Tuesday, 3 June 2014
Slaughterhouse Five - Kurt Vonnegut
I know, I know, everyone else on the planet has read this 20th century classic before me, but at least I made it in the end. The story is well known. Hopeless loser Billy Pilgrim gets captured by the Germans in the dying days of World War II and survives the bombing of Dresden (the British equivalent of the US bombing of Hiroshima) in February 1945 because he and his work gang happened to be in Slaughterhouse Number Five. Thus far, Billy is Vonnegut himself, however the we begin with the author and his return to Dresden twenty-five years later, and from time to time the author intrudes by pointing out that it was he, the author, who said that to Billy just now. So we know from early on that this book is going to be different.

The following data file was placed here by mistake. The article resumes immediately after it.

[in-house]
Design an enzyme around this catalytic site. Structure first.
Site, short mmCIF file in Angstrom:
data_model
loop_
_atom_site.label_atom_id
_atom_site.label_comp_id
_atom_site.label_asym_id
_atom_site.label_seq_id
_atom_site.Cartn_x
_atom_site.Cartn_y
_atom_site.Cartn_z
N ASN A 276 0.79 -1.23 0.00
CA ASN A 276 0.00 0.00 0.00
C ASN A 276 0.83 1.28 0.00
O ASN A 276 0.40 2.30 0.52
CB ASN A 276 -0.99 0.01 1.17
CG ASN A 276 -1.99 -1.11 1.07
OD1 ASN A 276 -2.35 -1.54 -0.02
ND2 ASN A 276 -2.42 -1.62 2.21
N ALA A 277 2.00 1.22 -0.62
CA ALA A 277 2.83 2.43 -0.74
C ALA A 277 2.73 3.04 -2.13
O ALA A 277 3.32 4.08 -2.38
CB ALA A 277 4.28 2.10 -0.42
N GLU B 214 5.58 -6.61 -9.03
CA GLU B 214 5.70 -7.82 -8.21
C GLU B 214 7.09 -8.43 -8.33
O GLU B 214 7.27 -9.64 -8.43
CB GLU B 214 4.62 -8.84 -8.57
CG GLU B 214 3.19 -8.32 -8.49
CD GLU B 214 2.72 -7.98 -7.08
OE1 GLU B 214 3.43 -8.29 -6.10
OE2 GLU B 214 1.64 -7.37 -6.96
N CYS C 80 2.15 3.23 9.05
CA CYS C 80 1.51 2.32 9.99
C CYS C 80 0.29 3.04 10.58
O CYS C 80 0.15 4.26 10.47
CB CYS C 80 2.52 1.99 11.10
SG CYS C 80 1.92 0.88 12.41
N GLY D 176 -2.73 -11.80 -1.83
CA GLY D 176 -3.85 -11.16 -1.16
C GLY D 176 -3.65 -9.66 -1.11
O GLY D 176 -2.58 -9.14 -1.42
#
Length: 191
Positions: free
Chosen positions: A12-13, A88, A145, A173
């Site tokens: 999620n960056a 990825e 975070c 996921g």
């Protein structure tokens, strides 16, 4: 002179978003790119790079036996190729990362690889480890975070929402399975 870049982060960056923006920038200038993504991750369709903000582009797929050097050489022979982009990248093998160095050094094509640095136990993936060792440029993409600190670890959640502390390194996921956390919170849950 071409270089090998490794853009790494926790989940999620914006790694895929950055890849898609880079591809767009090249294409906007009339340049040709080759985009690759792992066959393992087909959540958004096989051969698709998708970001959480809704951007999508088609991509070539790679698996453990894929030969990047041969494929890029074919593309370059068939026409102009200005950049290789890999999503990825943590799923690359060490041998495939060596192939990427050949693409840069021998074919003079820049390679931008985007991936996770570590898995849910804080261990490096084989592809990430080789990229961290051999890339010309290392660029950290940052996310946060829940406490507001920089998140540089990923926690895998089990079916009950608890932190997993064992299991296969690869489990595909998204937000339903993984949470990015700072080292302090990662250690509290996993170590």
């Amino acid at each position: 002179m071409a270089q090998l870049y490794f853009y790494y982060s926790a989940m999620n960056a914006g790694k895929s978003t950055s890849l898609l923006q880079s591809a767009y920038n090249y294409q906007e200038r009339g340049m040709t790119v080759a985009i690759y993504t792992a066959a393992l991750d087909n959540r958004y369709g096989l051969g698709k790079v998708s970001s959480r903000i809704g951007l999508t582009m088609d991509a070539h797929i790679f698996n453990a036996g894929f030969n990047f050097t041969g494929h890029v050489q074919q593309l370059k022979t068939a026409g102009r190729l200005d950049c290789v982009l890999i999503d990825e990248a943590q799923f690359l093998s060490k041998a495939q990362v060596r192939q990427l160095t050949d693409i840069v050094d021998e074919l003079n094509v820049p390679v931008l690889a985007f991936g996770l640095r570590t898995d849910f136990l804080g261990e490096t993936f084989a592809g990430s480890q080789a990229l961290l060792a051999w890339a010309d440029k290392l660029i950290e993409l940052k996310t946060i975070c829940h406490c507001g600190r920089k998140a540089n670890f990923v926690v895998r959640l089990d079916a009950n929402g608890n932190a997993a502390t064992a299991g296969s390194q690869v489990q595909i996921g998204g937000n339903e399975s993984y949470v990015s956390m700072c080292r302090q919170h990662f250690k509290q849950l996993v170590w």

Billy, we are told, at the beginning of Chapter Two, "has come unstuck in time." This is because he has been abducted by Tralfamadorians, the inverted sink plunger people, who see time as a whole not as a sequence. So some of the time Billy is on display, naked, in a Tralfamadorian zoo, with the naked porn star, Montana Wildhack, the Tralfamadorians kidnapped for him, and then the next moment he is in Dresden, or the Veteran's Hospital, or in his optometrist office, or in 1976 (nine years after the book was published) when he is a celebrated public speaker on alien abductions about to murdered, as he has always known he will be, by the guy he met on the prisoner of war train back in 1944.
The book's inventiveness never flags. On one level it is comic, satirical, but Vonnegut never loses track of the central point, the indiscriminate slaughter of civilians and prisoners of war in Dresden. Throughout the book people keep dying, each passing marked with the dispassionate phrase, "So it goes." So when he comes to telling us that 135,000 people died in Dresden in a single night "So it goes" knocks the stuffing out of us.
A book to cherish. I loved it.